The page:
What's On Each CD
This page describes the types of information found on all StonePics CD's. For specific towns and cemeteries found on each CD, go to Towns/Cemeteries Completed. The CD's are designed for use on a PC, but if you have a Macintosh click here.
StonePics CD's are designed in an HTML format so you can browse them with either Netscape or Microsoft Internet Explorer web browser. This provides the same look and feel of being on the internet, but rather than "browsing the web" you will be "browsing the CD". If you are already familiar with using the internet, then you will not have to learn how to use any new applications to view pictures and find information on the CD's. Everything is accessible by pointing and clicking. Since most computers come with a web browser (Netscape or Microsoft Internet Explorer) already installed, the average person will have no installation process. The CD does not require any space on your hard drive. Each one contains the following:
- An average of 1760 large color photographs organized with an assortment of indexes. These pictures are sized at 1024 x 768 pixels, large enough to completely cover the viewing area on most monitors. They can be displayed in three different sizes on your monitor: full-size for examining details, and two different reduced sizes for easier viewing on small monitors.
- The entire contents of this website so this information will be available even if you are not connected to the internet.
- An installation file for the Netscape web browser for those who do not already have a web browser on their computer.
- The entire StonePics database and search utility dig.exe.
There are three different types of indexes for locating names of interest on each CD:
- An integrated name index for all cemeteries found on the CD - This is useful when the CD contains photos from many different cemeteries, and the user is unsure which cemetery the family of interest is buried in.
- An alphabetically sorted index of names for each individual cemetery found on the CD - This index is used when the cemetery of interest has already been determined. The names are sorted alphabetically so that all individuals with the same surname are clustered. Each name is hyper-linked to the photo associated with it, and the photo is displayed in the space adjacent to the index. The layout is the same as this web page you are currently viewing: click on a link in the frame on the left side, and the linked contents are displayed in the frame on the right side.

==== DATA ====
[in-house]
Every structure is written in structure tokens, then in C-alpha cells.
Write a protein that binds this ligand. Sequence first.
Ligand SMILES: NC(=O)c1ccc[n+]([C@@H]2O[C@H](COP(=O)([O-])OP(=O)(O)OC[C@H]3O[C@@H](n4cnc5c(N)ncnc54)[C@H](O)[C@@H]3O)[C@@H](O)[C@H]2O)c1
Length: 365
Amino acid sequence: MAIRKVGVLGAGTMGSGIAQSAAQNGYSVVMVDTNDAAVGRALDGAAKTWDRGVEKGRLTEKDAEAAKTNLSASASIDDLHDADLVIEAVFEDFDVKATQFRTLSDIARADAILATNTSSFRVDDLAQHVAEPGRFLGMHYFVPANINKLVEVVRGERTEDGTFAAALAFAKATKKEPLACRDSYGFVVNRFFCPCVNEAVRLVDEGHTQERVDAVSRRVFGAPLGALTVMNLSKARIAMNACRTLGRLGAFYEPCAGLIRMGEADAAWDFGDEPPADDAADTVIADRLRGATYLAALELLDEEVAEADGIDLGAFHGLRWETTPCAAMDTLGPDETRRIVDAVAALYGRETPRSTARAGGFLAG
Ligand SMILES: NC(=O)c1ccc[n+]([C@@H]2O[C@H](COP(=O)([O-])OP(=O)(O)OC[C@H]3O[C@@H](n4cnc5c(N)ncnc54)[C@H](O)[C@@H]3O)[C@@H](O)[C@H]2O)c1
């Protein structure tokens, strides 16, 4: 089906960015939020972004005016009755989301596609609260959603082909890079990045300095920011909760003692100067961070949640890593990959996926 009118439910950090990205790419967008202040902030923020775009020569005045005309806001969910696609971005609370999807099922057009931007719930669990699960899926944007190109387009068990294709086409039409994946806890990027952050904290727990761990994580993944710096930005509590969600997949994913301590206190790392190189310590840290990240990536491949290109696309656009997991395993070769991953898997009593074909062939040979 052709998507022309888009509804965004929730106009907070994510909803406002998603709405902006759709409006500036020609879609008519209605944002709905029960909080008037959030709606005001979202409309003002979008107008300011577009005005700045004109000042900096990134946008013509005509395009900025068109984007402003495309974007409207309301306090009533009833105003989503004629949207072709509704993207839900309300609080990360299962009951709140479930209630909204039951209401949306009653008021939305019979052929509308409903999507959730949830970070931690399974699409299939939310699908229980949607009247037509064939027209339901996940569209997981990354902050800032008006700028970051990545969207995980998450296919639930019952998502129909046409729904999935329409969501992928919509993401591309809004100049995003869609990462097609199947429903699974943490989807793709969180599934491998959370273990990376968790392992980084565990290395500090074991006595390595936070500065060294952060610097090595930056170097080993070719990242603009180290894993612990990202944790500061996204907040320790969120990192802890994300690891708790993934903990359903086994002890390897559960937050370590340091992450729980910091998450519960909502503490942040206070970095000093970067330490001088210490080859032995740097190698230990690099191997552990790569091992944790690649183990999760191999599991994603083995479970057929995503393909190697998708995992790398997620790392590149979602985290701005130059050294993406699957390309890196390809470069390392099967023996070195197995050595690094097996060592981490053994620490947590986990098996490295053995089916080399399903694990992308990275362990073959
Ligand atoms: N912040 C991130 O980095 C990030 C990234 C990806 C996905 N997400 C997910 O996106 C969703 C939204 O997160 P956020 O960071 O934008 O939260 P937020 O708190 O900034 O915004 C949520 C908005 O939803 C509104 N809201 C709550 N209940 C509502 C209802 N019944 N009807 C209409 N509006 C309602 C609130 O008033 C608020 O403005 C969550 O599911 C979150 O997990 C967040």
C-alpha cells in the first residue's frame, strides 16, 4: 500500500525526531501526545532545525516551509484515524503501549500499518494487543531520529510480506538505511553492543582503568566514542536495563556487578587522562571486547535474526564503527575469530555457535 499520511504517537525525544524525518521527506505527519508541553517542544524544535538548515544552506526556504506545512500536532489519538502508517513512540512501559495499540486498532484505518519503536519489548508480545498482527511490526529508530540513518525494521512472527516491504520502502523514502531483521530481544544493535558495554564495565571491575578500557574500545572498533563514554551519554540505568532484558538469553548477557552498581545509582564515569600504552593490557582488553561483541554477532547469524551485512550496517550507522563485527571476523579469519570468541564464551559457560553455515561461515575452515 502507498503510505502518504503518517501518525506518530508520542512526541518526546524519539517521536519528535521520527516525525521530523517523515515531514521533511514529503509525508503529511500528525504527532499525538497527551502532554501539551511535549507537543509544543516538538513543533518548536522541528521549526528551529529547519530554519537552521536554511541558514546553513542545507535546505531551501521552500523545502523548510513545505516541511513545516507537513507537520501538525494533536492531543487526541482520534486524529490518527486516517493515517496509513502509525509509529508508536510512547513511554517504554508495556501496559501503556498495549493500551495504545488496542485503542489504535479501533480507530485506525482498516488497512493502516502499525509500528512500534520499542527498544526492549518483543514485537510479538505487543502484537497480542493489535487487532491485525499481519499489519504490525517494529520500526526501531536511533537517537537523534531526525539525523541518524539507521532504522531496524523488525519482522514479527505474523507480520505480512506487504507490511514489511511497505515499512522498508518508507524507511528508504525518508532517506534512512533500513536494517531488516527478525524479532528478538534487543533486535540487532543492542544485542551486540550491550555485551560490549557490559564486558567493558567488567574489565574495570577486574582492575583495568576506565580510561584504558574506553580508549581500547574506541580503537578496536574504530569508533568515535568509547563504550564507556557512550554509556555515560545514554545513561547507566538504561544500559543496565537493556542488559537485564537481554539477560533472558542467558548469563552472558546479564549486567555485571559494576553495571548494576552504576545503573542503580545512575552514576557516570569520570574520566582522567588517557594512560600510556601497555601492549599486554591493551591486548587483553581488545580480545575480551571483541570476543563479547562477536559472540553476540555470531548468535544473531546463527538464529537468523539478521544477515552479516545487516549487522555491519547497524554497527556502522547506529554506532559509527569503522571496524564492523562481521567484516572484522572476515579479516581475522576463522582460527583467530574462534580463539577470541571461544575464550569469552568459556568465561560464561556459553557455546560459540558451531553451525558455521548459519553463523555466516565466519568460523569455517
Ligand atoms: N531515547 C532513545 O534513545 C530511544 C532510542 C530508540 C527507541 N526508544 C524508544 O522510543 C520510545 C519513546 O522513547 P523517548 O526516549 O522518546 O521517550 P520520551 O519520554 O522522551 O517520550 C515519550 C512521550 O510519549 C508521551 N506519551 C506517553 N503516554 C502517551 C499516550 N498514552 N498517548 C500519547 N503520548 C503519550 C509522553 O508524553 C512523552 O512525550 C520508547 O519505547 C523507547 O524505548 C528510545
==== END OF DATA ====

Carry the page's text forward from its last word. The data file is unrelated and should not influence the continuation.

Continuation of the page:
- A numerically sorted index of names for each individual cemetery found on the CD - This index is used when you want to view a series of pictures in the order in which they were photographed in the cemetery. This is a special copyrighted feature of StonePics CD's that in most cases allows you to determine what graves are adjacent to each other. It is particularly useful when there are many people with the same surname buried in a cemetery and you want clues about who is related.
There are four categories of photographs in each cemetery folder which are easily identified by naming convention:
- Individuals as they appear in the bignames.txt file - The majority of the photos fall into this category. These are typically headstone photographs, but may include other objects with memorial inscriptions. A separate web page describes how these photographs were made and gives insight into the generation of name labels.
- Group photos taken of plaques, monuments, and headstones with many names on them - These are primarily war memorials, but may include large family headstones with many names appearing on a single face of the stone.
- View photos taken of the cemetery to show the layout of graves - The number of these pictures taken for each cemetery varies from one to many depending on cemetery organization, maintenance, age, historical significance, and other variables. In most cases researchers should be able to locate a given headstone in one or more of these photos, or be able to approximate its location in the cemetery based upon adjacent stones that are more recognizable. As cemeteries and headstones continue to deteriorate with the passage of time, these photographs should provide a useful tool for finding the "lost" graves of the future.
- Vicinity photos taken somewhere near or in route to the cemetery - These may be scenery, buildings, or anything else that does not fit into the previous categories. The average CD has a relatively small number of this type of photograph. They are intended to give distant researchers a glimpse of things their ancestors were familiar with.